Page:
Many people, such as myself, have made the calculation that earthquake insurance is too expensive, covers too little, and is not necessarily going to pay out should there be a massive loss. That is, the insurer may go insolvent, and it is not backed up by the federal government (as I believe flood insurance is). (Don't forget how expensive and difficult it will be to get contractors and building materials in the immediate aftermath of a quake when everybody else is doing the exact same thing.) In my opinion, a far better investment of your $1000-plus annual premium would be to improve the safety of your home's structure, particularly replacing or improving the foundation and adding shear walls. Oakland and Berkeley offer a one-time credit toward your transfer tax that can make retrofitting more financially appealing. Another good investment would be some survival supplies like bottled water, canned food, camping stoves and extra fuel to help you get by for a few days.
On the other hand, if you are sure you would need an insurance settlement (as opposed to, say, savings) to rebuild your home after it is destroyed by an earthquake, earthquake insurance is really your only option. David
I have earthquake insurance. It costs about a third more than my basic homeowners insurance. In other words, adding earthquake protection increased the cost of my total homeowners insurance by 250%. Why do I pay for it? When I bought the house, the foundation was crumbling to the point where there was no way to bolt the house to the foundation. I was afraid even a minor quake would destroy the house, leaving me with a giant mortgage and nothing to show for it. Now that I have a foundation and all the proper earthquake retrofits I still keep the insurance. Why? because the risk of a quake is so high.
Regarding purchasing earthquake insurance, this is from the California Earthquake Authority website (http://www.earthquakeauthority.com/members.html#top):
''In order to purchase a CEA earthquake insurance policy, your homeowner insurance must be issued by one of the CEA Member Insurance Companies listed below. Click on any of the company names listed below for additional contact information. Allstate Insurance Company Armed Forces Insurance Exchange California FAIR Plan CSAA Encompass Insurance (formerly CNA) Farmers Insurance Group Homesite Insurance of California Interinsurance Exchange of the Automobile Club Liberty Mutual Merastar Mercury Prudential State Farm Insurance USAA Workmen's Auto Insurance''Carrie
Earthquake Insurance - To have or not to have? Our 100 year old (+/-) brown shingle home is located in the Elmwood District off College Avenue in Berkeley. We have redone the foundation, bolted, shearwalled, etc. We have had EQ insurance since our purchase over a decade ago. As it was a fixer upper, we bought well below the market value. Given this and the increase in values in this area, we have happily seen our house value increase over the years, which means we have a lot of equity in our home. This has been the argument for paying for costly EQ insurance - that we have more to loose than the mortgage company should there be a devastating earthquake. Is this sound logic? What, beyond worry or adversity to risk, is the criteria for having an EQ policy? A few years ago the policy doubled! and the company seemed to offer less coverage. Our broker has given us the impression that if we cancel this policy we won't get another due to the age of our home. Is this true? It is getting harder to justify the expense, but then we don't want to loose on our investment. Advice greatly appreciated.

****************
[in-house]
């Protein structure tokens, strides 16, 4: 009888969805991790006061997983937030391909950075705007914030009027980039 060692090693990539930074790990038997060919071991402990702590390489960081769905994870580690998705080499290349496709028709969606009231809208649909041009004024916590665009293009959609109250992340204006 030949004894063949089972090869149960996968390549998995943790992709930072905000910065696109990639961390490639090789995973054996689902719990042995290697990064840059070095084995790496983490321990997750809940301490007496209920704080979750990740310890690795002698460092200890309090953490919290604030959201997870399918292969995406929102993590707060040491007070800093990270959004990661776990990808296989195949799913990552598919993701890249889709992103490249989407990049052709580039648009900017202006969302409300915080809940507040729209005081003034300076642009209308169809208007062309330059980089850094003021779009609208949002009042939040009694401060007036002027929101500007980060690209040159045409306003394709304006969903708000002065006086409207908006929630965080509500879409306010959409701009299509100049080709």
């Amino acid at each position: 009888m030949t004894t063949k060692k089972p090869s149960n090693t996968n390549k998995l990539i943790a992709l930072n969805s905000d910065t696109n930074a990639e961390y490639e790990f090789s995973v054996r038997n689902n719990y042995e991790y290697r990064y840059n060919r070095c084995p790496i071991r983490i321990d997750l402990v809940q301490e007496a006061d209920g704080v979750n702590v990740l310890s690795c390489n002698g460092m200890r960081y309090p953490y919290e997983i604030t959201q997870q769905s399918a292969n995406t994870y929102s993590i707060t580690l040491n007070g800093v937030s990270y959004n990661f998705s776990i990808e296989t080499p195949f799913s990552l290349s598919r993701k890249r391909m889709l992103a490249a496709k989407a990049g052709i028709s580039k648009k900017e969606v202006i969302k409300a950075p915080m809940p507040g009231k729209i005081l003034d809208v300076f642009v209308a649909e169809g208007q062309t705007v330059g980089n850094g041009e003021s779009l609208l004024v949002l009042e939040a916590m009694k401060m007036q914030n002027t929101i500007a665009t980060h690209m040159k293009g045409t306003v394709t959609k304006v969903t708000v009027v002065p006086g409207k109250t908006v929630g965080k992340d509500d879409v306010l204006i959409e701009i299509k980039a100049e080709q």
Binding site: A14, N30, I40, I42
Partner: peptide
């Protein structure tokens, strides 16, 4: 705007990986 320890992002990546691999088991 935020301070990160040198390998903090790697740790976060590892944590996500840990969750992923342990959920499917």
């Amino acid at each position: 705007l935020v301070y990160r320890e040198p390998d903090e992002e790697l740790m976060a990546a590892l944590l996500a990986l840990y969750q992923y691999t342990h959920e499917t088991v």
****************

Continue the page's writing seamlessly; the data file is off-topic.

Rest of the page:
Second, IF you decide to get insurance, consider that you are insuring against complete loss; that means if the damage is only partial, probably the cost of the insurance will outweigh the risk. SO you could get a deductible of 200-300 thousand. This will bring down your premium tremendously and insure you for what you really need which is catastrophic loss. peter
Our agent is Alan Quan with Allstate. Last year we price shopped for insurance after being with Farmers for almost 7 years. Allstate had the best prices for our needs and I liked Alan's attentiveness in getting the policy written, coming to our house quickly, returning phone calls promptly, etc. His phone number is 510-581-8213.
Be prepared for sticker shock on earthquake. All earthquake insurance is provided by the State of California but you purchase it via whatever your insurance company you end up going with. The deductibles are outrageous and so are the rates. Our CEA (California Earthquake Authority) policy is actually $700 per year more than our homeowners policy. The CEA recently lowered the rates due to pressure from politicians but it only lowered our bill by a couple of hundred dollars.
We debated about whether to carry the coverage or not. Our decision came down to whether we could financially recover if we lost 100% of the equity in our house due to a catastrophic earthquake. We decided we couldn't and forked over the money.
I get upset on this topic because we had earthquake coverage through Farmers prior to the CEA and it was extremely affordable. The catch 22 back then was that you couldn't shop around for homeowners rates because insurers wouldn't accept new policies. Once the CEA took over the earthquake liability insurers agreed to write new policies in California. I've also read a lot of debate about whether the CEA would have enough money to cover losses in a catastrophic earthquake. It's also questionable how an entire area could recover from a major quake given most people have been priced out of the CEA's rates and therefore are not carrying the insurance.
I know that Amica, a highly regarded and highly rated out-of-state insurance company, offers their own earthquake insurance, which I believe provides much better coverage than offered through the CEA. However, I also know that they are very restrictive and for many years were not accepting new policy holders in CA. A friend recently told me that they currently writing new policies in CA but only for houses built fairly recently. Their # is 800-242-6422.